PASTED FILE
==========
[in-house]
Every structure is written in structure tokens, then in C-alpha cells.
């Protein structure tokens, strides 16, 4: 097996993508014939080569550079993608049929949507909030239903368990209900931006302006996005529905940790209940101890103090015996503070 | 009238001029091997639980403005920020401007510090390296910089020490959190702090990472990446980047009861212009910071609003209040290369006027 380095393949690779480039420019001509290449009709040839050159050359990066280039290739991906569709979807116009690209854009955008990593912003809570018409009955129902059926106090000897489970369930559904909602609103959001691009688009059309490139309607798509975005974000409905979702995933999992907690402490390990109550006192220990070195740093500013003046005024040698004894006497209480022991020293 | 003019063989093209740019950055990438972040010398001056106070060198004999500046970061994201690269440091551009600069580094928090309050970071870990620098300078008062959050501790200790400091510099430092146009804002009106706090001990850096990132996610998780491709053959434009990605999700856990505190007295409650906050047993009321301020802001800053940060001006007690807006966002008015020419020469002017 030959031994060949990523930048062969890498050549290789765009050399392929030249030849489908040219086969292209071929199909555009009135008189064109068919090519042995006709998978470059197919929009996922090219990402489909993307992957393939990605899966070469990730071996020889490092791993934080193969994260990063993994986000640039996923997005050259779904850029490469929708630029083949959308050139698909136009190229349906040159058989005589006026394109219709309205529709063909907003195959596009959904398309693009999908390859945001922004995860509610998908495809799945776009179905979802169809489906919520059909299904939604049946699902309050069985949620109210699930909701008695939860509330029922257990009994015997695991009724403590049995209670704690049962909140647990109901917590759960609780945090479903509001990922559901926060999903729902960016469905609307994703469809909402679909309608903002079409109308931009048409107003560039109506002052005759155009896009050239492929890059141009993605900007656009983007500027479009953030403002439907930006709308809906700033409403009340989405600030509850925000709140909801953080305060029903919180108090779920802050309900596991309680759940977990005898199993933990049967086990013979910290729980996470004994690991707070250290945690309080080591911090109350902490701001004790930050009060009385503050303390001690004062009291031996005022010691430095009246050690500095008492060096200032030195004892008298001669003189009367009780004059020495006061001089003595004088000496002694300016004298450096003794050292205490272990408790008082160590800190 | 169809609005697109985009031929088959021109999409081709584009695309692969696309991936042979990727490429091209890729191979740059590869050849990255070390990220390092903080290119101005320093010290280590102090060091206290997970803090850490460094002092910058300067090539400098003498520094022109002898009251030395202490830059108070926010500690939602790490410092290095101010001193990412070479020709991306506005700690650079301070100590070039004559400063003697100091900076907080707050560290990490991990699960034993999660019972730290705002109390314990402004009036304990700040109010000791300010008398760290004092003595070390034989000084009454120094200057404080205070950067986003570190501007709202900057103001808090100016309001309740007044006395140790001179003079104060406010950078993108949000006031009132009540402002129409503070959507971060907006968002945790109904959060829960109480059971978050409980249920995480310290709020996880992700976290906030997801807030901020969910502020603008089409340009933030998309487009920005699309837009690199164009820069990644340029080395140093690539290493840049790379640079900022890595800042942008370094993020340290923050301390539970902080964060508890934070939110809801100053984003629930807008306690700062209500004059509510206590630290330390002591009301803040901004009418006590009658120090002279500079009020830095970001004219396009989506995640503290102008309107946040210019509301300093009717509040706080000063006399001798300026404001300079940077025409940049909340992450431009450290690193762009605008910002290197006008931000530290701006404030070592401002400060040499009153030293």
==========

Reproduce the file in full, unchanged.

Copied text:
[in-house]
Every structure is written in structure tokens, then in C-alpha cells.
């Protein structure tokens, strides 16, 4: 097996993508014939080569550079993608049929949507909030239903368990209900931006302006996005529905940790209940101890103090015996503070 | 009238001029091997639980403005920020401007510090390296910089020490959190702090990472990446980047009861212009910071609003209040290369006027 380095393949690779480039420019001509290449009709040839050159050359990066280039290739991906569709979807116009690209854009955008990593912003809570018409009955129902059926106090000897489970369930559904909602609103959001691009688009059309490139309607798509975005974000409905979702995933999992907690402490390990109550006192220990070195740093500013003046005024040698004894006497209480022991020293 | 003019063989093209740019950055990438972040010398001056106070060198004999500046970061994201690269440091551009600069580094928090309050970071870990620098300078008062959050501790200790400091510099430092146009804002009106706090001990850096990132996610998780491709053959434009990605999700856990505190007295409650906050047993009321301020802001800053940060001006007690807006966002008015020419020469002017 030959031994060949990523930048062969890498050549290789765009050399392929030249030849489908040219086969292209071929199909555009009135008189064109068919090519042995006709998978470059197919929009996922090219990402489909993307992957393939990605899966070469990730071996020889490092791993934080193969994260990063993994986000640039996923997005050259779904850029490469929708630029083949959308050139698909136009190229349906040159058989005589006026394109219709309205529709063909907003195959596009959904398309693009999908390859945001922004995860509610998908495809799945776009179905979802169809489906919520059909299904939604049946699902309050069985949620109210699930909701008695939860509330029922257990009994015997695991009724403590049995209670704690049962909140647990109901917590759960609780945090479903509001990922559901926060999903729902960016469905609307994703469809909402679909309608903002079409109308931009048409107003560039109506002052005759155009896009050239492929890059141009993605900007656009983007500027479009953030403002439907930006709308809906700033409403009340989405600030509850925000709140909801953080305060029903919180108090779920802050309900596991309680759940977990005898199993933990049967086990013979910290729980996470004994690991707070250290945690309080080591911090109350902490701001004790930050009060009385503050303390001690004062009291031996005022010691430095009246050690500095008492060096200032030195004892008298001669003189009367009780004059020495006061001089003595004088000496002694300016004298450096003794050292205490272990408790008082160590800190 | 169809609005697109985009031929088959021109999409081709584009695309692969696309991936042979990727490429091209890729191979740059590869050849990255070390990220390092903080290119101005320093010290280590102090060091206290997970803090850490460094002092910058300067090539400098003498520094022109002898009251030395202490830059108070926010500690939602790490410092290095101010001193990412070479020709991306506005700690650079301070100590070039004559400063003697100091900076907080707050560290990490991990699960034993999660019972730290705002109390314990402004009036304990700040109010000791300010008398760290004092003595070390034989000084009454120094200057404080205070950067986003570190501007709202900057103001808090100016309001309740007044006395140790001179003079104060406010950078993108949000006031009132009540402002129409503070959507971060907006968002945790109904959060829960109480059971978050409980249920995480310290709020996880992700976290906030997801807030901020969910502020603008089409340009933030998309487009920005699309837009690199164009820069990644340029080395140093690539290493840049790379640079900022890595800042942008370094993020340290923050301390539970902080964060508890934070939110809801100053984003629930807008306690700062209500004059509510206590630290330390002591009301803040901004009418006590009658120090002279500079009020830095970001004219396009989506995640503290102008309107946040210019509301300093009717509040706080000063006399001798300026404001300079940077025409940049909340992450431009450290690193762009605008910002290197006008931000530290701006404030070592401002400060040499009153030293």